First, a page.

Assurance vs Null - What's the difference?

assurance | null |


As nouns the difference between assurance and null

is that assurance is the act of assuring; a declaration tending to inspire full confidence; that which is designed to give confidence while null is zero, nil; the cardinal number before einn.

assurance

English

Alternative forms

* assuraunce

Noun

(en noun)
  • The act of assuring; a declaration tending to inspire full confidence; that which is designed to give confidence.
  • *(w) xvii. 31.
  • *:Whereof he hath given assurance unto all men, in that he hath raised him from the dead.
  • * (1800-1859)
  • *:Assurances of support came pouring in daily.
  • The state of being assured; firm persuasion; full confidence or trust; freedom from doubt; certainty.
  • *(w) x. 22.
  • *:Let us draw with a true heart in full assurance of faith, having our hearts sprinkled from an evil conscience.
  • Firmness of mind; undoubting, steadiness; intrepidity; courage; confidence; self-reliance.
  • *(Richard Knolles) (1545-1610)
  • *:Brave men meet danger with assurance .
  • *(John Locke) (1632-1705)
  • *:Conversation with the world will give them knowledge and assurance .
  • *
  • *:This new-comer was a man who in any company would have seemed striking.His air, of self-confident assurance , seemed that of a man well used to having his own way.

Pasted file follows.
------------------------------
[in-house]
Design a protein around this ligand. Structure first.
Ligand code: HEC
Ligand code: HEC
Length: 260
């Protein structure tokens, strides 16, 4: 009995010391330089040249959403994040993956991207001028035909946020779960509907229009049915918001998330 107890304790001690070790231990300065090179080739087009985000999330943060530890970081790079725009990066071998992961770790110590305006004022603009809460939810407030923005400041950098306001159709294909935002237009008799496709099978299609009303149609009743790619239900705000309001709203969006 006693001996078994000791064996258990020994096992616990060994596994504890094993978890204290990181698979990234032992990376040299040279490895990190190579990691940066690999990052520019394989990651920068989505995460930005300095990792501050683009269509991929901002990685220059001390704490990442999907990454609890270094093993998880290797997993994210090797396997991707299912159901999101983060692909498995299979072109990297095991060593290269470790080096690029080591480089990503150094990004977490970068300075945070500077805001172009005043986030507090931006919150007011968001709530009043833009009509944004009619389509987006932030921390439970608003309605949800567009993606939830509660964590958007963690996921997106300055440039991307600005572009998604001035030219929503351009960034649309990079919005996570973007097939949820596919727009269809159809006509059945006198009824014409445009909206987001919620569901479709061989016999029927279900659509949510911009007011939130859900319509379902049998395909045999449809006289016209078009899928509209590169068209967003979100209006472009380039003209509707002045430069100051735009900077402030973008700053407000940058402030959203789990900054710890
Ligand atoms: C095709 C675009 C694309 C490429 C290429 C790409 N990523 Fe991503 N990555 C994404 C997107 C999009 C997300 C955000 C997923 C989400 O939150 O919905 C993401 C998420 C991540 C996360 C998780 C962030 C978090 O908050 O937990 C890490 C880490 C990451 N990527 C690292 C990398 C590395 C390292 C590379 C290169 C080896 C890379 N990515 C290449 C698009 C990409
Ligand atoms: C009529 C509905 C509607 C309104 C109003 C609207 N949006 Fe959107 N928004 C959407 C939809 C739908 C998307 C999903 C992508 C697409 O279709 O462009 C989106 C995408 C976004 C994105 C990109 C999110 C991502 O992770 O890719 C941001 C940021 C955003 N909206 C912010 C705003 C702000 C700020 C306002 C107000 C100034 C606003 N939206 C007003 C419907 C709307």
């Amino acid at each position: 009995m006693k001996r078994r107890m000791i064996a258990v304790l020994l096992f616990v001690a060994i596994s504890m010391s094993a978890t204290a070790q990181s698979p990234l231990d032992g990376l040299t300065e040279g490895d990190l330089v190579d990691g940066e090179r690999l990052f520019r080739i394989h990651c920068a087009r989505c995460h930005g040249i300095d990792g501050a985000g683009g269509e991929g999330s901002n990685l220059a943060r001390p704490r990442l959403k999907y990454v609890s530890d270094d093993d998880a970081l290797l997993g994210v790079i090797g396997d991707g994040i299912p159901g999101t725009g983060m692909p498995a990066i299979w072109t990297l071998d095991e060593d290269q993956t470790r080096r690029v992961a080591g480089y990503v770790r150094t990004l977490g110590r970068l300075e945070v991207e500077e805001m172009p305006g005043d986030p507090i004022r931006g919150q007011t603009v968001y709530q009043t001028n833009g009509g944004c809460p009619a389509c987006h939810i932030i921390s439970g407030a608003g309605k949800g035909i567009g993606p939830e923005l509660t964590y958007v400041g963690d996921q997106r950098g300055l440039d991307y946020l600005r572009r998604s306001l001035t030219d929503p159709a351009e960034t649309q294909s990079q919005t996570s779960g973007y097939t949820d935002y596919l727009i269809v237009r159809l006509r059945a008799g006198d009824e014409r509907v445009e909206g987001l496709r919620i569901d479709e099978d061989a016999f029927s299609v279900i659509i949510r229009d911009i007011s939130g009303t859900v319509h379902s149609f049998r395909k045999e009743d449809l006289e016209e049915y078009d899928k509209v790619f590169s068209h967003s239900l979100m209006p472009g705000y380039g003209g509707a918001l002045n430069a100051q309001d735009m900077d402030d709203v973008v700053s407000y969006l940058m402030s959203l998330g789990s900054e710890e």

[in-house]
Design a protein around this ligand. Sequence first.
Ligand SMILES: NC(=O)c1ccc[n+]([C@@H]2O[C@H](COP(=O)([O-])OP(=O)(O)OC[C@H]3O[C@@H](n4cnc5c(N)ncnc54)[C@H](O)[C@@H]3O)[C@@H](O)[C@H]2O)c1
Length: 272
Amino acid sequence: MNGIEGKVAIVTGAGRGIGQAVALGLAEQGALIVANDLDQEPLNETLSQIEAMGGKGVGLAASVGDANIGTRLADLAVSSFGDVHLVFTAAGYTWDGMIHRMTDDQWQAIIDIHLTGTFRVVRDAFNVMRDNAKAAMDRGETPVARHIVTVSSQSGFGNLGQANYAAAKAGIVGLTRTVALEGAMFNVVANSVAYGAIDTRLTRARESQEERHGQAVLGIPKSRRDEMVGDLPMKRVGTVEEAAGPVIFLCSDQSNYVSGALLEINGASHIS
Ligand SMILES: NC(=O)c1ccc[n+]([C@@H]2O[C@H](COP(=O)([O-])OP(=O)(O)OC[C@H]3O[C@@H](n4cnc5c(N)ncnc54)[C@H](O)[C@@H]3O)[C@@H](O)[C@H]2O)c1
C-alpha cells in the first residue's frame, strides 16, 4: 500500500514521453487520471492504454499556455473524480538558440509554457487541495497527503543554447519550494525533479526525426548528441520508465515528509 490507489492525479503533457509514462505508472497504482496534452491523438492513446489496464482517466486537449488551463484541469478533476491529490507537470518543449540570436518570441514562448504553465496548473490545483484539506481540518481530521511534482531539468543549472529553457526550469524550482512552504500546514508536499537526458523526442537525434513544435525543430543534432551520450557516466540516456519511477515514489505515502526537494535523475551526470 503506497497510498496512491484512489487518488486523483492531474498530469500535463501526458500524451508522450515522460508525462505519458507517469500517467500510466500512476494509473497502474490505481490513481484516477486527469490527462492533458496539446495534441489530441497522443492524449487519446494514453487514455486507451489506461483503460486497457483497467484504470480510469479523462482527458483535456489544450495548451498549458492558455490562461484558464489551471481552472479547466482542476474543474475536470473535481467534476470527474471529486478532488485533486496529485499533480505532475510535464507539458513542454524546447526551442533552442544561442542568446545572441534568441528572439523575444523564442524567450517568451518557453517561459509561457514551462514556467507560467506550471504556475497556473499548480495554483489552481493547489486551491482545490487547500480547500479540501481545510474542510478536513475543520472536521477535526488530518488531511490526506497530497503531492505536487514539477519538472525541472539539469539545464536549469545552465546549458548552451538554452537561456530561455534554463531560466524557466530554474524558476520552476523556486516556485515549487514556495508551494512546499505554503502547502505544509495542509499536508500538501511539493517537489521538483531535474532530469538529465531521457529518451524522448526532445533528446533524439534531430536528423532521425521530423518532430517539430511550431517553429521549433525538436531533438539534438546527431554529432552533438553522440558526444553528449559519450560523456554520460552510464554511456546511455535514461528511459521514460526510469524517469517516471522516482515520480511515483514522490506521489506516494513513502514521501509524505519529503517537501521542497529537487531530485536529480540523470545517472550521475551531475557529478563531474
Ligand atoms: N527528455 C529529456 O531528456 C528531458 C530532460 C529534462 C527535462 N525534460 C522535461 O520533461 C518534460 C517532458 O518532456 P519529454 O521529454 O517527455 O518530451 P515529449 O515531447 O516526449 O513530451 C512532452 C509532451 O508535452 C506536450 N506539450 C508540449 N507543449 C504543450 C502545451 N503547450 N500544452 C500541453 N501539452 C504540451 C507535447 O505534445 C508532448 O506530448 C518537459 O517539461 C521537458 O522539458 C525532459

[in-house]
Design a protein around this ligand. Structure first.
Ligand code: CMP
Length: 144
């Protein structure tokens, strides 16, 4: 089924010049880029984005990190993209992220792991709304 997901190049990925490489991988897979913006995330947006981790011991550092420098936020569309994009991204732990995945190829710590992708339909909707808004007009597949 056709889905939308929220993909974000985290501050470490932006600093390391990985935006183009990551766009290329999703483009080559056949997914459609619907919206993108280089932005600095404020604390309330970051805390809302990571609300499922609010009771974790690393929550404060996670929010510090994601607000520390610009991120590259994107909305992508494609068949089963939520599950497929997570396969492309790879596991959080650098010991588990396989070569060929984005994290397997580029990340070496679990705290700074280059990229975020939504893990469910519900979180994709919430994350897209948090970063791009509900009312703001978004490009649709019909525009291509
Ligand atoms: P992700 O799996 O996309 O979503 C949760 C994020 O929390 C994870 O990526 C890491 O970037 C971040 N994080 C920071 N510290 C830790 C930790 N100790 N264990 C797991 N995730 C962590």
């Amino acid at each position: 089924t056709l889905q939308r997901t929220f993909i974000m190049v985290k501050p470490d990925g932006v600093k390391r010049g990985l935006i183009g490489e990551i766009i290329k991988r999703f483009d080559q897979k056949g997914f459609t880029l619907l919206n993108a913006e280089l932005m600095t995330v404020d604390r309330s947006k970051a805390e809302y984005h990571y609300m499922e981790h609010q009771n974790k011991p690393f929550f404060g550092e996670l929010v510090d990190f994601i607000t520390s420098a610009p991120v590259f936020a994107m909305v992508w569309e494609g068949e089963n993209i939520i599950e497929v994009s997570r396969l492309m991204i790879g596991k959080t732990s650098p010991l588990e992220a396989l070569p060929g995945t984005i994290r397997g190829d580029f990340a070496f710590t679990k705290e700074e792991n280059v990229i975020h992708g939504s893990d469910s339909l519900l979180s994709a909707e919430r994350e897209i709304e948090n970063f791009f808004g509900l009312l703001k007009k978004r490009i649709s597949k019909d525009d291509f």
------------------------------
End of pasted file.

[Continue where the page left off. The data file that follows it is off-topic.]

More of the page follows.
• Excess of boldness; impudence; audacity; as, his assurance is intolerable.
  • (lb) Betrothal; affiance.
  • Insurance; a contract for the payment of a sum on occasion of a certain event, as loss or death. &hand; Recently, assurance has been used, in England, in relation to life contingencies, and insurance in relation to other contingencies. It is called temporary assurance, in the time within which the contingent event must happen is limited.
  • (lb) Any written or other legal evidence of the conveyance of property; a conveyance; a deed. &hand; In England, the legal evidences of the conveyance of property are called the common assurances of the kingdom. ((William Blackstone) (1723-1780))
  • References

    *

    Anagrams

    * ----

    null

    English

    Noun

    (en noun)
  • A non-existent or empty value or set of values.
  • Zero]] quantity of [[expression, expressions; nothing.
  • (Francis Bacon)
  • Something that has no force or meaning.
  • (computing) the ASCII or Unicode character (), represented by a zero value, that indicates no character and is sometimes used as a string terminator.
  • (computing) the attribute of an entity that has no valid value.
  • Since no date of birth was entered for the patient, his age is null .
  • One of the beads in nulled work.
  • (statistics) null hypothesis
  • Adjective

    (en adjective)
  • Having no validity, "null and void"
  • insignificant
  • * 1924 , Marcel Proust, Within a Budding Grove :
  • In proportion as we descend the social scale our snobbishness fastens on to mere nothings which are perhaps no more null than the distinctions observed by the aristocracy, but, being more obscure, more peculiar to the individual, take us more by surprise.
  • absent or non-existent
  • (mathematics) of the null set
  • (mathematics) of or comprising a value of precisely zero
  • (genetics, of a mutation) causing a complete loss of gene function, amorphic.
  • Derived terms

    * nullity

    Verb

    (en verb)
  • to nullify; to annul
  • (Milton)

    See also

    * nil ----